• The provided training materials might be well-structured, clear and organized. However, the situation might be the opposite. Keep this in mind and don’t panic if the second happens to you. Talk with the SMEs and discuss the difficulties you’re experiencing.
• The training might cover a topic that includes very specific terminology. Take time to understand it. Make a dictionary to serve you as a reference, if necessary.
• If the training plan includes a narrator, keep in mind that it is a good practice for the on-screen text and the narrator’s script to be different.
• If the training will include audio and video files, you are the one that will be responsible for their text development.
• If there will be a dialogue scene in your training, you need to change the tone. You have to create a conversation that sounds easy and natural.
• All exercises, tasks, and tests should be related to the training content. Instructions should be short and clear.
• Don’t include information that is not related to the problems that the training aims to solve. Any unnecessary information will overwhelm the learners. It may even irritate them, and your efforts will be in vain.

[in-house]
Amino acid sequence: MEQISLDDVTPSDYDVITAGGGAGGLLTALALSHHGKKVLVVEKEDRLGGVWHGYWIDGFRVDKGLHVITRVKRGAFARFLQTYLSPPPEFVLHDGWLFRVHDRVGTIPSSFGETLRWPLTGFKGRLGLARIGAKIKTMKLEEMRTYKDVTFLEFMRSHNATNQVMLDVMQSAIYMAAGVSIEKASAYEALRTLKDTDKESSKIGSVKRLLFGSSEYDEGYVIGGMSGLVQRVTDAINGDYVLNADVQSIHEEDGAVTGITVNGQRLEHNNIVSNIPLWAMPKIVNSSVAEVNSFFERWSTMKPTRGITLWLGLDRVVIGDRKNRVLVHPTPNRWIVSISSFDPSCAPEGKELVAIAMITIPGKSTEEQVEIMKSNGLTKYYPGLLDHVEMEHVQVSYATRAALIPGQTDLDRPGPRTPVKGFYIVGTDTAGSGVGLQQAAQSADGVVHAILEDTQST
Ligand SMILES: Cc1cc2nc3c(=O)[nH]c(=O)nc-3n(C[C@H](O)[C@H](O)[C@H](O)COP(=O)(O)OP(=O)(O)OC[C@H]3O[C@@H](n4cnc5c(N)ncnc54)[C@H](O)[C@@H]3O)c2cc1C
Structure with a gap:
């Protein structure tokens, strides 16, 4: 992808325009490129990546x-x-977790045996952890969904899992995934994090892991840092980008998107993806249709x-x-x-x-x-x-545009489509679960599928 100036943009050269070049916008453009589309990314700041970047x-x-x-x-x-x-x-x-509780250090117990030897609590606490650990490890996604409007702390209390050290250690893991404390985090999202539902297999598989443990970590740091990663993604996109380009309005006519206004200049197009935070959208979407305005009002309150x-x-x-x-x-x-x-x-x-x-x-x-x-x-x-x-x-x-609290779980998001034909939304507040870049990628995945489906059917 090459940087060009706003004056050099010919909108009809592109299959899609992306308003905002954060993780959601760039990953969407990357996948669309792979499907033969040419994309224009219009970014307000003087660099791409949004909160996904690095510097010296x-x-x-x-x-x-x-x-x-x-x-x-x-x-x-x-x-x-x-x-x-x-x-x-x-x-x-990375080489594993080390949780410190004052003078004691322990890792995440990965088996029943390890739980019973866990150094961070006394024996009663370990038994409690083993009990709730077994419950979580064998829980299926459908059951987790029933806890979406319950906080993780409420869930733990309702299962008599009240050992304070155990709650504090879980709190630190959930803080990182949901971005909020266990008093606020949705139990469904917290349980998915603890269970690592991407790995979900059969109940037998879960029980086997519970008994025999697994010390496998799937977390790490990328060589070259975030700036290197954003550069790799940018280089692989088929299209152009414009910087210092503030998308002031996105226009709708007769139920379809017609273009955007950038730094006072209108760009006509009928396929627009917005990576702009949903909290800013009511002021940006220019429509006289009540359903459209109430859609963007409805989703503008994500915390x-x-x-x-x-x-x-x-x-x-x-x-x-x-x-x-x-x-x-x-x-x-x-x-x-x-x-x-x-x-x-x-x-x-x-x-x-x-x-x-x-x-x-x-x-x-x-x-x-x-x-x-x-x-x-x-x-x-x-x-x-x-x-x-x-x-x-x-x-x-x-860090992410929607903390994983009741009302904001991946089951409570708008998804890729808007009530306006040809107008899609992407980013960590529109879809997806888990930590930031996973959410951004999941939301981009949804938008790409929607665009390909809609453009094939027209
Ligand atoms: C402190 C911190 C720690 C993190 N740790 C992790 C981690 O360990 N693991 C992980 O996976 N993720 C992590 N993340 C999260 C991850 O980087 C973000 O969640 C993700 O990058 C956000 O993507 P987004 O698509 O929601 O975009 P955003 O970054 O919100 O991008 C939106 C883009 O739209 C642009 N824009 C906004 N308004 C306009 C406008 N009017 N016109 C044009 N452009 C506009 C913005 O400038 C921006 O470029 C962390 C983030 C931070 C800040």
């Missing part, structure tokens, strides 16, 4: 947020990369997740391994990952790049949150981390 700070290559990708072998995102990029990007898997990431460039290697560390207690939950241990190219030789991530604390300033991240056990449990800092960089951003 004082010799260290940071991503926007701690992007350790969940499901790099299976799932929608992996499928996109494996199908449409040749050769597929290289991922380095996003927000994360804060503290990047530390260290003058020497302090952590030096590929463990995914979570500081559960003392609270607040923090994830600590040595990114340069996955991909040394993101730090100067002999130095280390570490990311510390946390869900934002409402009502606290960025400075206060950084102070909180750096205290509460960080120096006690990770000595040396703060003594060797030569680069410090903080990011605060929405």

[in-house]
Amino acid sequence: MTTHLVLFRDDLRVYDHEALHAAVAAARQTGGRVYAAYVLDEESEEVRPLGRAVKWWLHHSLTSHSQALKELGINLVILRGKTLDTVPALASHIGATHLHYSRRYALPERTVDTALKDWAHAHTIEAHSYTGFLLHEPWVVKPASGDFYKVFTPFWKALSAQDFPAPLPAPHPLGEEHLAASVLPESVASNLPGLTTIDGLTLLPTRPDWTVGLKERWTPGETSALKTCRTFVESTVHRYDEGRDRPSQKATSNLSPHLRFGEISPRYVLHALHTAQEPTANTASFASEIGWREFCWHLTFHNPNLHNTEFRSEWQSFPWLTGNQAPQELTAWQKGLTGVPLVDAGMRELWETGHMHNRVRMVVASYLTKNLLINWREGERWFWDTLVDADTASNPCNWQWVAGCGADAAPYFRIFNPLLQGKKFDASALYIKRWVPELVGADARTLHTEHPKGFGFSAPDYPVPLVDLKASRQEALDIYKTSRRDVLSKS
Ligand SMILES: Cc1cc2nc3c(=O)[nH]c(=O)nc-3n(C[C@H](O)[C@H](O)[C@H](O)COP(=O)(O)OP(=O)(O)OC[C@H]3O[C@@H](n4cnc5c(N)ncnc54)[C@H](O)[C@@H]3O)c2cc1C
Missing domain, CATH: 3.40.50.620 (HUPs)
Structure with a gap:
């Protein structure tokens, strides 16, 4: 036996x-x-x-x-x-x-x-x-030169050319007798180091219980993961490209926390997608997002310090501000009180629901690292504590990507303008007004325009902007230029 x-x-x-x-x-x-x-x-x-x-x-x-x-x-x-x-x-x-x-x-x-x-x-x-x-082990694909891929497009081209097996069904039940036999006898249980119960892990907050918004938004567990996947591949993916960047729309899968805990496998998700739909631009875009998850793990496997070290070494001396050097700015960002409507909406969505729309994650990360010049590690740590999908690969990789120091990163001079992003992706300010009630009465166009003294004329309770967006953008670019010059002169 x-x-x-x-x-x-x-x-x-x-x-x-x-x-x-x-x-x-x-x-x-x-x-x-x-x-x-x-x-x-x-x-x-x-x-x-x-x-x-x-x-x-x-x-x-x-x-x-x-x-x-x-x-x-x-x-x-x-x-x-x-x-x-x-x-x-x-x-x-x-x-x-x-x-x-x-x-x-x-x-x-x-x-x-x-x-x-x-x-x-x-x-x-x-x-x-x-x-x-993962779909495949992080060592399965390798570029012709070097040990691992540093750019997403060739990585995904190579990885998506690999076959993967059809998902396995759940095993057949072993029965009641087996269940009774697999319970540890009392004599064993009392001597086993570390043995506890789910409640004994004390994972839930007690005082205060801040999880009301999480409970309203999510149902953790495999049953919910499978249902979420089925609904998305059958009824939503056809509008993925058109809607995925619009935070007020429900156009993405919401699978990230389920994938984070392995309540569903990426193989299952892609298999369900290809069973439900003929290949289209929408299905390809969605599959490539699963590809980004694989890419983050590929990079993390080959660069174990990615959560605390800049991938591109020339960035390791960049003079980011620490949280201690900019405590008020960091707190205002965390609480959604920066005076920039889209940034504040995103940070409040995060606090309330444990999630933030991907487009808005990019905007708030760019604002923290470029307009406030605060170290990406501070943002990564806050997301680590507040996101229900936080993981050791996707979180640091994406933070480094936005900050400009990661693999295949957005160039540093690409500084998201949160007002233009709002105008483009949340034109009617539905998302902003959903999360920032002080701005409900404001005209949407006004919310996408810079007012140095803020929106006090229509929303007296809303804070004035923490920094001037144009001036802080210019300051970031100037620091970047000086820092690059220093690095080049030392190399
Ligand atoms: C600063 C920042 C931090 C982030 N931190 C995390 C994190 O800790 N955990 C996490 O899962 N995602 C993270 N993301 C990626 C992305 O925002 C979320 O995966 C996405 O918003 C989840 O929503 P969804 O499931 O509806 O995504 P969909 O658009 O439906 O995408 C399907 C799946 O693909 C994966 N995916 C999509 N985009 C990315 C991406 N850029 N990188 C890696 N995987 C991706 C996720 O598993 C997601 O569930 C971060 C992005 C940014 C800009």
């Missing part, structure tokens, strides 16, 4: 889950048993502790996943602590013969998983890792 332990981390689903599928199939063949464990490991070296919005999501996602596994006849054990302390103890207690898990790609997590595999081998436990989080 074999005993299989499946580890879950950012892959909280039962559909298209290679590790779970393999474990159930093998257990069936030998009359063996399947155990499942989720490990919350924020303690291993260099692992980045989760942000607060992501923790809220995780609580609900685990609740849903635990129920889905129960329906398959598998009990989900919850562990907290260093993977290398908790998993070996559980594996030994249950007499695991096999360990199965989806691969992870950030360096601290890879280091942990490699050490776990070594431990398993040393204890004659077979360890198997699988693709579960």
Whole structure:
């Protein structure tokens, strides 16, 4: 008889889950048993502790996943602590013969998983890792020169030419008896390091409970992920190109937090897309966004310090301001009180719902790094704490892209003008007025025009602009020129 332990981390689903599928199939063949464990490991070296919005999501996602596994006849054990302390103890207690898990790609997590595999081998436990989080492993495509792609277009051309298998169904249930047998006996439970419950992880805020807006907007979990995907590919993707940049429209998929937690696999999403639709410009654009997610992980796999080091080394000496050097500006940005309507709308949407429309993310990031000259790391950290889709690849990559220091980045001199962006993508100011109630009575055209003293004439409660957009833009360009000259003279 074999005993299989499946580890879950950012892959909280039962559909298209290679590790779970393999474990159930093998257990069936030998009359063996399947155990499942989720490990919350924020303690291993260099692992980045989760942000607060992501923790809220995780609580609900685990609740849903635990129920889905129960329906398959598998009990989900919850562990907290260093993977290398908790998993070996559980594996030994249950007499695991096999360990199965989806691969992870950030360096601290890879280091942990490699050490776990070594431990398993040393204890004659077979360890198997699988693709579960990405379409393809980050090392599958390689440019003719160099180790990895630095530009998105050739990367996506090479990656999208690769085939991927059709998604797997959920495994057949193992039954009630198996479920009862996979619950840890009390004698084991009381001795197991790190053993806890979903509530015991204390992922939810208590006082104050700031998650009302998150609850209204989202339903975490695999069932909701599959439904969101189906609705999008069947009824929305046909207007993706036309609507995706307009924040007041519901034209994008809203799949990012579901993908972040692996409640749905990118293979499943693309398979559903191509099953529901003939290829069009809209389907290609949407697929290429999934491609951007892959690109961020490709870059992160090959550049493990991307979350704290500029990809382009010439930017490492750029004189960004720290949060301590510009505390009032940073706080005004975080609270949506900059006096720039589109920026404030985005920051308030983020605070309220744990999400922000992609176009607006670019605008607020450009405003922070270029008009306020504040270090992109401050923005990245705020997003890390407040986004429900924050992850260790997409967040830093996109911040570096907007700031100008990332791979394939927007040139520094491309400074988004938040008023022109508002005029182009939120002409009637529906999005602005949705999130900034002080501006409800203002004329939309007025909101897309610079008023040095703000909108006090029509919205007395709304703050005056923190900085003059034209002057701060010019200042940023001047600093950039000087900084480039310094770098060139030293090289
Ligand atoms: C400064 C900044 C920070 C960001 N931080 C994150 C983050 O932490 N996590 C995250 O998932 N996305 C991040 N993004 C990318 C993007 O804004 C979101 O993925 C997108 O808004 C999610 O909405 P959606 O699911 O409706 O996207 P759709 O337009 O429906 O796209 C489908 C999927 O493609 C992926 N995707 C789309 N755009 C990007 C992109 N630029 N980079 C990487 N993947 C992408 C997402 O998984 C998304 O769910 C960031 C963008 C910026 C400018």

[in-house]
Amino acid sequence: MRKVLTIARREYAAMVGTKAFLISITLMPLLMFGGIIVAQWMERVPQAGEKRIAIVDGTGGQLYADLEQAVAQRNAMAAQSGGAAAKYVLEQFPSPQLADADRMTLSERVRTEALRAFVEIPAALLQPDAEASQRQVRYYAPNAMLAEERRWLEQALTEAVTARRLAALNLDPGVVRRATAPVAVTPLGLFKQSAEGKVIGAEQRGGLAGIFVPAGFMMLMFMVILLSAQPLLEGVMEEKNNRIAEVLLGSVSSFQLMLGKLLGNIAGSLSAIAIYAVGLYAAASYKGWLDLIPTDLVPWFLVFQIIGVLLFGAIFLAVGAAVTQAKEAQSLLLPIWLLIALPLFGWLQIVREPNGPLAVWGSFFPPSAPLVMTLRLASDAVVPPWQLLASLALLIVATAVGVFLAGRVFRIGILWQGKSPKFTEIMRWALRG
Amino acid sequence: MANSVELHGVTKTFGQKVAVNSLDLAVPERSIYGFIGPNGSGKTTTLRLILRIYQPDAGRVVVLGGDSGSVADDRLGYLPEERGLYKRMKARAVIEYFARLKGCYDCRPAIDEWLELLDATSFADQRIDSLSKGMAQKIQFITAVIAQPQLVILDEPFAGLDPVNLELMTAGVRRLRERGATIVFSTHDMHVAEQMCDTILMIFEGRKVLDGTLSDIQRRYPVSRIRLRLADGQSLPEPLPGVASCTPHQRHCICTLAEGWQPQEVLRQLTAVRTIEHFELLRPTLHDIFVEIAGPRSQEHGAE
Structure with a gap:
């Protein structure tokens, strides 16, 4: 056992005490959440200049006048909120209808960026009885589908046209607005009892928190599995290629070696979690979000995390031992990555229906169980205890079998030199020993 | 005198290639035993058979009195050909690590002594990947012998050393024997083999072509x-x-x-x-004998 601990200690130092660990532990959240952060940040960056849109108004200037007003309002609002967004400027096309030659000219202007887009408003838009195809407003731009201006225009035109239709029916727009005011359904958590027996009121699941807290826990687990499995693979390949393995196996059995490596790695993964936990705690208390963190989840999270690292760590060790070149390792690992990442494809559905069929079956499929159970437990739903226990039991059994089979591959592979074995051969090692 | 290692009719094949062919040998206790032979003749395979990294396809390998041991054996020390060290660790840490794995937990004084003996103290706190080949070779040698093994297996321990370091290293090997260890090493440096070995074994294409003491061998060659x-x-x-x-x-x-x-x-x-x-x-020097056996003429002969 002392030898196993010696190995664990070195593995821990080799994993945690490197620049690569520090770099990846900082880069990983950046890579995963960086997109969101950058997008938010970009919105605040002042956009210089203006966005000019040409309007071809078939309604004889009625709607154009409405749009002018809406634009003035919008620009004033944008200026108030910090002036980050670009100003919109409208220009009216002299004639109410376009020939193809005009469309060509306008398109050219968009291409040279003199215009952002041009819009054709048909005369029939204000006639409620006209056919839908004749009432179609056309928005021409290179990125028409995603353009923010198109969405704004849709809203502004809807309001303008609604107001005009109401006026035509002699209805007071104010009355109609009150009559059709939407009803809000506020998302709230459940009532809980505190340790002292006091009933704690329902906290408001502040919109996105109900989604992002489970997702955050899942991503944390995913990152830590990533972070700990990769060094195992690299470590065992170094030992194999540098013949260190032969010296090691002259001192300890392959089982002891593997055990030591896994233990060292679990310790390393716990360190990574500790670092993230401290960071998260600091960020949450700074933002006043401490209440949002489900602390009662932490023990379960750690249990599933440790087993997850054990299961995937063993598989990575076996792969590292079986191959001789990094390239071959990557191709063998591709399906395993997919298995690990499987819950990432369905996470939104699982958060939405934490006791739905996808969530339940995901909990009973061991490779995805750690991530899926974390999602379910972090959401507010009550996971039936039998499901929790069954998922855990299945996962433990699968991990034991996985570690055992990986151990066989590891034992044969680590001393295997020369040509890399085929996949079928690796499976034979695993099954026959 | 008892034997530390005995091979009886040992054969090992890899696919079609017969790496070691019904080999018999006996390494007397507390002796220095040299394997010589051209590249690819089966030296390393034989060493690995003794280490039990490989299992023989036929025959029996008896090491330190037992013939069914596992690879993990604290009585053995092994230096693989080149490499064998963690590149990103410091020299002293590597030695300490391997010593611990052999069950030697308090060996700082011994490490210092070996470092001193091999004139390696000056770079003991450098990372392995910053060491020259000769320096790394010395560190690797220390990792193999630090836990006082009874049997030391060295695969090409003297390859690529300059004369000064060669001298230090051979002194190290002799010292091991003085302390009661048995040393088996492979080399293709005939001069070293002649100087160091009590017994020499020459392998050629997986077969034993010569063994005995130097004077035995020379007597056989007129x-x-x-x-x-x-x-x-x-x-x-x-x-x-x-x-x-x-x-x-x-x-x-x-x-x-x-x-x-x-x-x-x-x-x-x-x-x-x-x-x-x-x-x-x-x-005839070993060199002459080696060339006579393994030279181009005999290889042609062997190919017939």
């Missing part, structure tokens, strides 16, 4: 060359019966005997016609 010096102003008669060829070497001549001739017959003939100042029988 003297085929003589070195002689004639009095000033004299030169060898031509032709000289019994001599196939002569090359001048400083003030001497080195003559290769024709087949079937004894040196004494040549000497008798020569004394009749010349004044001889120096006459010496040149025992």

• Talk with your SMEs about the deadlines. When will they send you the training materials? When do you need to send the first draft for review? And so on.
• Don’t take criticism personally. On the contrary, ask your SMEs for feedback. This will help you succeed in your job and create effective eLearning content.
• Of course, proofread and edit your text.
• Use tools such as Google Drive, Google Docs, Grammarly, etc. They will help you create, archive and edit your content.
The theory behind successful training content development
The adult learning theory of Malcolm Knowles
One of the main things you need to keep in mind while working on your eLearning course is the fact that your training targets adult people. Adults have different training needs and expectations compared to kids, so you need to get acquainted with the main principles of andragogy. Malcolm Knowles defined them some time ago and they are as follows: